Groin problems are highly prevalent in male football players. Previous groin-specific prevention programs have shown no effect on groin injury rates. However, a single-exercise approach targeting hip adduction strength has not been tested previously.Aim
Evaluate the effect of a single-exercise approach, based on the Copenhagen Adduction exercise, to reduce the high prevalence of groin problems in male players.Materials and methods
35 semi-professional Norwegian senior football teams were cluster-randomised (18 teams, 339 players in the intervention group, 17 teams 313 players in the control group) and followed for 1 full season. An adductor strengthening programme, with three progression levels, was introduced to the intervention group to perform 3 times weekly during pre-season and once weekly during the competitive season. The main outcome measure, prevalence of groin problems, was measured weekly for 28 weeks during the competitive season using the Oslo Sports Trauma Research Centre Overuse Injury Questionnaire.Result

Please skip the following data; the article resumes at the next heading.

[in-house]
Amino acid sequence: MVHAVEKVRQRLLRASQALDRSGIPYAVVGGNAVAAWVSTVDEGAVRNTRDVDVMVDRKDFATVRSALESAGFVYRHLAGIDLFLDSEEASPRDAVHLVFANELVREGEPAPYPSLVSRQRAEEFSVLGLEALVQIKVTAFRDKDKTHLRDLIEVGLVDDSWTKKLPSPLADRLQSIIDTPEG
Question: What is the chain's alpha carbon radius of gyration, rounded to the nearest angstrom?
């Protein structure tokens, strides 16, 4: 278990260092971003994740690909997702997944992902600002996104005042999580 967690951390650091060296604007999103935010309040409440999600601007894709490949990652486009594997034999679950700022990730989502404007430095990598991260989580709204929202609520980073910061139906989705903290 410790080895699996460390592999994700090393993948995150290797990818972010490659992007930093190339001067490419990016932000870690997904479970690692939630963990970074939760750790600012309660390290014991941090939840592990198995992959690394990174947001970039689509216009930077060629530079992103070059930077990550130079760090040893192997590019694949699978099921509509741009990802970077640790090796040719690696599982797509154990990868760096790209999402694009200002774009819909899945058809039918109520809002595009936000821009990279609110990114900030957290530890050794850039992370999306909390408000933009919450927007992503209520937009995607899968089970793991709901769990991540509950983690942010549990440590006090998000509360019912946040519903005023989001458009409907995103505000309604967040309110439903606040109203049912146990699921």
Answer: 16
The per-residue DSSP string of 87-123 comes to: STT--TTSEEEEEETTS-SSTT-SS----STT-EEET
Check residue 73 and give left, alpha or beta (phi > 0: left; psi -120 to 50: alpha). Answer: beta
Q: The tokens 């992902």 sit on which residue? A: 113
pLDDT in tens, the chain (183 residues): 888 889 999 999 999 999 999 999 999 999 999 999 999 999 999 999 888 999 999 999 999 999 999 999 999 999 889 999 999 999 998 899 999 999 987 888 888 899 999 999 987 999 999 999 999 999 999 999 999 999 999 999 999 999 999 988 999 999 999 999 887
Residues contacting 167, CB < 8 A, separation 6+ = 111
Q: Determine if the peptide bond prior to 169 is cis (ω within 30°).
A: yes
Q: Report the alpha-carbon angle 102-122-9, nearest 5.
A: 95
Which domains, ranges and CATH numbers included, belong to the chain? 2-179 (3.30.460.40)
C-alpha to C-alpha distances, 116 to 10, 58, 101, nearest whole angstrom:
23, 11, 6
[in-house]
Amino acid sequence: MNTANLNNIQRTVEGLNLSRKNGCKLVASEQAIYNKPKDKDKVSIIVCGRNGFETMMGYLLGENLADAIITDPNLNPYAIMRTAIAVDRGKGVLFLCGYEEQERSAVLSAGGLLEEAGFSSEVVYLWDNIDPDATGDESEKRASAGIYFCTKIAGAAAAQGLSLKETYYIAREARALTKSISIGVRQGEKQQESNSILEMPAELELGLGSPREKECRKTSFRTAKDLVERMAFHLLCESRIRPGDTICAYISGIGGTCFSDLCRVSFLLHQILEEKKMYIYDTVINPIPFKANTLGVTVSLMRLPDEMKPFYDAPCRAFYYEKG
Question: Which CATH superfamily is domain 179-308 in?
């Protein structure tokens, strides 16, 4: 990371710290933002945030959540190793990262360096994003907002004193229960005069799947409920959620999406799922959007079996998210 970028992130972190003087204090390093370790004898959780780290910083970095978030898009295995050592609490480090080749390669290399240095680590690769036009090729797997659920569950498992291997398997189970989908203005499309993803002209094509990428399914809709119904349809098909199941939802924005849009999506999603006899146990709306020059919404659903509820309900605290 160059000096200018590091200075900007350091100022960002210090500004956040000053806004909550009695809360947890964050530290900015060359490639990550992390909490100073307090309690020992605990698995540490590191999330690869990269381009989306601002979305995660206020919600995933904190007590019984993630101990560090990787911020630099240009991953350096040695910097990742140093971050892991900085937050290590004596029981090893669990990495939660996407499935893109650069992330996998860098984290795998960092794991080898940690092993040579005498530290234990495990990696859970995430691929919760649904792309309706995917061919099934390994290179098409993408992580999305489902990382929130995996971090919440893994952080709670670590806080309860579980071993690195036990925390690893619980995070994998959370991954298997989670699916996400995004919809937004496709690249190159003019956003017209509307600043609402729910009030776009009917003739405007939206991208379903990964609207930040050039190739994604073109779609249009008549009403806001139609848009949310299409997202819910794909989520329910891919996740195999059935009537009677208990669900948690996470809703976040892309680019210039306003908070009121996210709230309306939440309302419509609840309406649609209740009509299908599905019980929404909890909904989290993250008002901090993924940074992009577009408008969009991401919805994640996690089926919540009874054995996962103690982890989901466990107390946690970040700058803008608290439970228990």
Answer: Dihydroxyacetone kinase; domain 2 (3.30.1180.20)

The average prevalence of groin problems during the season was 13.5% (95% CI: 12.3% to 14.7%) in the intervention group, and 21.3% (95% CI: 20.0% to 22.6%) in the control group. This corresponds to a 41% (OR 0.59, 95% CI: 0.40 to 0.86, p=0.008) lower risk of reporting groin problems for players performing the adductor strengthening programme.Conclusion
The adductor strengthening programme reduced the prevalence and risk of groin problems among male football players, and should therefore be implemented in male football teams.